Renewed Calls From Mass. To Close Seabrook Station

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Seabrook Station nuclear power plant

More voices are now being heard calling for the shutdown of the Seabrook Nuclear Power Plant.

Two Newburyport, Mass., city councilors have called for the shutdown of the plant, which has been operating since 1990.

Sharif Zeid, Ward 1 Councilor, and Gregory Earls, Councilor-At-Large, sent a letter to the U.S. Nuclear Regulatory Commission asking that the agency shut down Seabrook Station.

The Jan. 4 letter was addressed to NRC Chairman Stephen Burns. “As city councilors, our most basic responsibility is to assure the safety and health of Newburyport’s residents.  We firmly believe that the Seabrook nuclear reactor poses an unacceptable risk to the lives and livelihood of the people of Newburyport and New England.”

“On behalf of public safety, we call upon the U.S. Nuclear Regulatory Commission to shut down the Seabrook Station nuclear reactor by withdrawing its license to operate,” the letter says.

They write that “the plant is plagued by alkali-silica reaction or ASR. ASR is a completely novel problem to any US nuclear power plant, and is novel to the NRC staff as well.  Both the plant staff and the NRC are operating in uncharted waters.”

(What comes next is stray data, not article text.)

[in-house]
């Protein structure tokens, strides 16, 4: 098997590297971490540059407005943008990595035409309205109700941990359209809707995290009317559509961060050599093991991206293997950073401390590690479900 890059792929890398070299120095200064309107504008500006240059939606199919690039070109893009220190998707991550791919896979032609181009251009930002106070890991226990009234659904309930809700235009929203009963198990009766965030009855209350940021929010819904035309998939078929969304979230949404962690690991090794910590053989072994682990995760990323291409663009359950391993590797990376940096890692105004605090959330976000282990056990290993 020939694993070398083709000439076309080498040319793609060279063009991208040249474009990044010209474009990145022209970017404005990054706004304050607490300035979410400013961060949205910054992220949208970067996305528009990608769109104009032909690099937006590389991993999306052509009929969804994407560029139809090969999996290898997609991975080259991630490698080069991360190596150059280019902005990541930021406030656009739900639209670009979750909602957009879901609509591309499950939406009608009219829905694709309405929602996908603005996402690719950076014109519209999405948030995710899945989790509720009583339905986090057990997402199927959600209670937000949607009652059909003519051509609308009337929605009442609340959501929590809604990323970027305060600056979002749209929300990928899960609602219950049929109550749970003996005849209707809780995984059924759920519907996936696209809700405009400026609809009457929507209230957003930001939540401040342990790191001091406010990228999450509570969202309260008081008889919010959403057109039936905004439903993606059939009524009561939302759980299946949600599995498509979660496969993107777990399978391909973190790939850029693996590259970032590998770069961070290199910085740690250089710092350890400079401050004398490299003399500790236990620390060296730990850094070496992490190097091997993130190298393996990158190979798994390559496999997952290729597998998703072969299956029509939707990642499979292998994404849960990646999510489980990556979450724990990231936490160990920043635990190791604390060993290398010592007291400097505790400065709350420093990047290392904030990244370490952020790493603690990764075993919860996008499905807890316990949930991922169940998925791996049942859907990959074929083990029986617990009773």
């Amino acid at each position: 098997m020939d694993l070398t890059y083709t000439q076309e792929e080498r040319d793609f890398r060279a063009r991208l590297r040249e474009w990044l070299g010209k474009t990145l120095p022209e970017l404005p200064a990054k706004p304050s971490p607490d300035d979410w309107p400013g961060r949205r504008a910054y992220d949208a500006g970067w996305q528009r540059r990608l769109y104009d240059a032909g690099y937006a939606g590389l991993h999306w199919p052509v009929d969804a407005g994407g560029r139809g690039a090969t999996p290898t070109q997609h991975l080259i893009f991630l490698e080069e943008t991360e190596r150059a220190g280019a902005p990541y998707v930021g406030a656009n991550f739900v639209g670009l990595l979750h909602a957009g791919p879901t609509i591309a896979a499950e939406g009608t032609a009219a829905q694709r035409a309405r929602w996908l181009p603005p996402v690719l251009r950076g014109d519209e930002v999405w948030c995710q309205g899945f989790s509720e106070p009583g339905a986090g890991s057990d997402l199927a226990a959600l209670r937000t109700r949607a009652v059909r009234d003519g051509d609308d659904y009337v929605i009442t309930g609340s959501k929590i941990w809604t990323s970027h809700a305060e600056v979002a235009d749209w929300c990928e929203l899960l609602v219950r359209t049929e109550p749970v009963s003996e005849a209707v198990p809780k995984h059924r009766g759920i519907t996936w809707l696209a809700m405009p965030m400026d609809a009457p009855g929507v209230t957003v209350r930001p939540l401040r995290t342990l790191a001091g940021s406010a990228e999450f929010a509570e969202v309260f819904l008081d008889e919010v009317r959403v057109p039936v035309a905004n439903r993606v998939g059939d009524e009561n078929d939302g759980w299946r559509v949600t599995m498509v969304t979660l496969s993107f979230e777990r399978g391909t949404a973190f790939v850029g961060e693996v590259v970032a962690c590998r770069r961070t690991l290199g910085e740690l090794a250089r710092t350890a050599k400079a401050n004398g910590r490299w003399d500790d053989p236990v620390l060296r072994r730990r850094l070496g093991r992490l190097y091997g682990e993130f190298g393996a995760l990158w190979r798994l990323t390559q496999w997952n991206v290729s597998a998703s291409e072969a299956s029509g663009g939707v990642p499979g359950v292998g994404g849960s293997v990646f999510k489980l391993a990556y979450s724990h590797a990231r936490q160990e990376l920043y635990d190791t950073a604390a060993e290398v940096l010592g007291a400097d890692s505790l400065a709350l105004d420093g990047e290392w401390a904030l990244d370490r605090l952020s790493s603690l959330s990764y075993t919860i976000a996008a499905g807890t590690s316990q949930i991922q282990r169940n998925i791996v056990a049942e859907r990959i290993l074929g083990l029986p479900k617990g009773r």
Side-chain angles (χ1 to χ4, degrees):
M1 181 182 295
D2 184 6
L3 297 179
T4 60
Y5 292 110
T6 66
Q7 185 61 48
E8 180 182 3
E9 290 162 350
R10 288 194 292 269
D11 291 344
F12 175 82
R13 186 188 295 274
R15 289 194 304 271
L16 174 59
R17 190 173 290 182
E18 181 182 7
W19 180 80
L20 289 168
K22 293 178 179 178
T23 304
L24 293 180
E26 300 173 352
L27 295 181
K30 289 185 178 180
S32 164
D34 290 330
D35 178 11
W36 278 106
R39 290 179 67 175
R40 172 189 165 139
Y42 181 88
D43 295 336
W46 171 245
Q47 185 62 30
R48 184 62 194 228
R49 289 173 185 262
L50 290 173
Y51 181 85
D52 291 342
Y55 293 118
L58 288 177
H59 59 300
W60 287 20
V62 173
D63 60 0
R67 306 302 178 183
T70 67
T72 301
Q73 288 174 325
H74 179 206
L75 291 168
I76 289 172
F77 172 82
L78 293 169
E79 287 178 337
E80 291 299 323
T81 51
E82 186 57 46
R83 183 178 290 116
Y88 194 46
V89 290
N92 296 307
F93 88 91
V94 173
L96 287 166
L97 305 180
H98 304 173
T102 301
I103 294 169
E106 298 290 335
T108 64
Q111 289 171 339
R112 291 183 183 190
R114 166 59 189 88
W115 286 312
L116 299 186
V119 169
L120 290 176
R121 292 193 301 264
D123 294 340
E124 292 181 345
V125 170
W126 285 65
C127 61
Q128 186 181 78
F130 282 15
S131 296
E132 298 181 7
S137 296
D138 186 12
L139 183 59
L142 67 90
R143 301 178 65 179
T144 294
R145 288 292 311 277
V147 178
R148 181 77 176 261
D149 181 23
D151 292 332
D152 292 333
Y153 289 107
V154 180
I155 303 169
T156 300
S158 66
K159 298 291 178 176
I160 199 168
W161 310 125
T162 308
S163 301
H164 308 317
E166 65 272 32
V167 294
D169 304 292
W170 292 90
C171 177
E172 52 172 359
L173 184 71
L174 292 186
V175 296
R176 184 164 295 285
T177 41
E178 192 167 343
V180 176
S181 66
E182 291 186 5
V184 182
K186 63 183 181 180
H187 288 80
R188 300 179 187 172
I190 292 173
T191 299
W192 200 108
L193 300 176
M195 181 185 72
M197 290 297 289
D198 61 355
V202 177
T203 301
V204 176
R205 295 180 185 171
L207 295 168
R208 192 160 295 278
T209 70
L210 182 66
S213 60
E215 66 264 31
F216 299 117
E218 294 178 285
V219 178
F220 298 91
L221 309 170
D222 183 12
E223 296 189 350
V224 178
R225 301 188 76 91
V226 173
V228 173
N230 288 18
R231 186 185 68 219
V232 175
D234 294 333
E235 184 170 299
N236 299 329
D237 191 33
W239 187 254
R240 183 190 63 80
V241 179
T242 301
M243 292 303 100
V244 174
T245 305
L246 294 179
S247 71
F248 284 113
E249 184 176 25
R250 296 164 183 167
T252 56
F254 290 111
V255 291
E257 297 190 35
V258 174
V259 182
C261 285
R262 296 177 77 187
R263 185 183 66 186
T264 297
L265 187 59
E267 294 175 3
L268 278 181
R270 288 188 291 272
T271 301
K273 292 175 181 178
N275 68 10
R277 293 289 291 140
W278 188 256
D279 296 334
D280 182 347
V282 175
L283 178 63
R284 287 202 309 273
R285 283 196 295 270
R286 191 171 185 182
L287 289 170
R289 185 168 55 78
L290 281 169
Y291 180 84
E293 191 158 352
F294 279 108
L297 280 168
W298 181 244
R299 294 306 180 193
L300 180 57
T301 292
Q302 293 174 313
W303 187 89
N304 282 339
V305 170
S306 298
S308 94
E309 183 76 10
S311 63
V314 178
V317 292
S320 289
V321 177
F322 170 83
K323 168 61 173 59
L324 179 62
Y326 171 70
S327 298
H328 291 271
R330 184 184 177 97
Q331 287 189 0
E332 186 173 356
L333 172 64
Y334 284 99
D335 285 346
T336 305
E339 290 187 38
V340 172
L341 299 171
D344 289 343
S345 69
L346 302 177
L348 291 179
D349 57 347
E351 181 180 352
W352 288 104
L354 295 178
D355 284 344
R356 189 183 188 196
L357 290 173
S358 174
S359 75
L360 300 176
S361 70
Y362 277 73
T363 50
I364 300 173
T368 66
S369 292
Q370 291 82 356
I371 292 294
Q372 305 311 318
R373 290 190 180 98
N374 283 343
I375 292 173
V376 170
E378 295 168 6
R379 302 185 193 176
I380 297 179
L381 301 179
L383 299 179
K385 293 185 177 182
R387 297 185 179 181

Roger Wood has followed the plant from site evaluation hearings in the 1970s through the protests that included sit-downs and unsuccessful attempts to storm the gates, to 1990 when the 1100 megawatt reactor began operating.

While the nuclear boiling water reactor has been operating efficiently and safely through the years, the issue of alkali-silica contamination in some concrete foundation walls has fueled new calls for a shutdown.

Roger Wood spoke with Alan Griffith of Nextera, the plant’s owner. The company says the chemical reaction doesn’t affect the nuclear reactor walls, although it does concede that groundwater has caused the reaction in some buildings on the plant site.

He also spoke with Joanna Hammond, a resident of Amesbury, Mass., a town within the 10-mile Emergency Planning Zone. She is also a member of the anti-nuclear No More Fukushimas group.

Other outspoken opponents of the plant include the Seacoast Anti-Pollution League, based in Portsmouth, which is also within the EPZ. The owners of the plant are seeking a license renewal to extend the life of the nuclear plant until 2050.